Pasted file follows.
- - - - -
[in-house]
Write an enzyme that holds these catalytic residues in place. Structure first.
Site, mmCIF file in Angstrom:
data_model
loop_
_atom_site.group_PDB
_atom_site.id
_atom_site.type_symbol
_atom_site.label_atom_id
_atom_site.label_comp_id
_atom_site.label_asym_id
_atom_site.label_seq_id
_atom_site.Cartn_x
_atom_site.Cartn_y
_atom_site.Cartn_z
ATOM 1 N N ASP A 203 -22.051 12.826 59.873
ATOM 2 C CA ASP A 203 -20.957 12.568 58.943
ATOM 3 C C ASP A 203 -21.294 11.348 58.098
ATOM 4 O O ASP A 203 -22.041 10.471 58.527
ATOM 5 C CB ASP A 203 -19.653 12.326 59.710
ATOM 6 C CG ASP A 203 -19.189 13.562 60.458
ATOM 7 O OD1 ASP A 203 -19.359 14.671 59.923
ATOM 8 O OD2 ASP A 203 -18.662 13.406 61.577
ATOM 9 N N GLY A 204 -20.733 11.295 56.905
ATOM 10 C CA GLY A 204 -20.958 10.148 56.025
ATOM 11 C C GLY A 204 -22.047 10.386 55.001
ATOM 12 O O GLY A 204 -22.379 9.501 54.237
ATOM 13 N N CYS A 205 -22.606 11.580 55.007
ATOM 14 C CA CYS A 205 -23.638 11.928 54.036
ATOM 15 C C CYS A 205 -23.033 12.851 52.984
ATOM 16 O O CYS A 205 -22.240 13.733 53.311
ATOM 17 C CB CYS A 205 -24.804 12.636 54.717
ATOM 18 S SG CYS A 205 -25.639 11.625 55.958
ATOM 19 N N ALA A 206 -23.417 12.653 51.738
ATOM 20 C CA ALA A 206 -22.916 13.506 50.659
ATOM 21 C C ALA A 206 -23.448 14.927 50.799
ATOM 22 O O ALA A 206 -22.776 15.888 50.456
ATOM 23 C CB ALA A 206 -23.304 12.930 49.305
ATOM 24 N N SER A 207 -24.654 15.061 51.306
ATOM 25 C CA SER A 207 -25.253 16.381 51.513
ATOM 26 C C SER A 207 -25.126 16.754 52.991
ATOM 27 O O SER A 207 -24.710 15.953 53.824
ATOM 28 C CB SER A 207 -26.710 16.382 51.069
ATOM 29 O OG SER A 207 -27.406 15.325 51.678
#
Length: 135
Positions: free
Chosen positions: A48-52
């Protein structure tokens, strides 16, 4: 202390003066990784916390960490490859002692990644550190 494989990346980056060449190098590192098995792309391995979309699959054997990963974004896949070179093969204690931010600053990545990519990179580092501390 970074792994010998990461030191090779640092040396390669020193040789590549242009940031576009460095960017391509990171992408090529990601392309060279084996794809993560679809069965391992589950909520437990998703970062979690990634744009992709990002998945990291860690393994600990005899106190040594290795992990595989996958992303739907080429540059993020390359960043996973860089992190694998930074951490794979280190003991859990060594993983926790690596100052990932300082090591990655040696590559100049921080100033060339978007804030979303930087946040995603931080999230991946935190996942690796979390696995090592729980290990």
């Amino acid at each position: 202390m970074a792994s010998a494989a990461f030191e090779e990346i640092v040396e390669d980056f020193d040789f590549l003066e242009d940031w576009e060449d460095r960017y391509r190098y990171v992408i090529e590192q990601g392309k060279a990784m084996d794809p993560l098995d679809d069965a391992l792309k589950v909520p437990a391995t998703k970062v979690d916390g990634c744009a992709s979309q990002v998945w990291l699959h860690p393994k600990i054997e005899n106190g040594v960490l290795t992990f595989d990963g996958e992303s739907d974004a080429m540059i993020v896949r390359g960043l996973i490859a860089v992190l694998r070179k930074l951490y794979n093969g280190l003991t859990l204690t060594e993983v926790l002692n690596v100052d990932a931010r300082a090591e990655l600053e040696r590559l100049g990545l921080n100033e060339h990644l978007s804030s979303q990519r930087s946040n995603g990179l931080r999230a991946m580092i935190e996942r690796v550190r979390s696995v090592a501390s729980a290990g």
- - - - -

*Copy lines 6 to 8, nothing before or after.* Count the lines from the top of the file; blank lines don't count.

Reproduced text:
_atom_site.group_PDB
_atom_site.id
_atom_site.type_symbol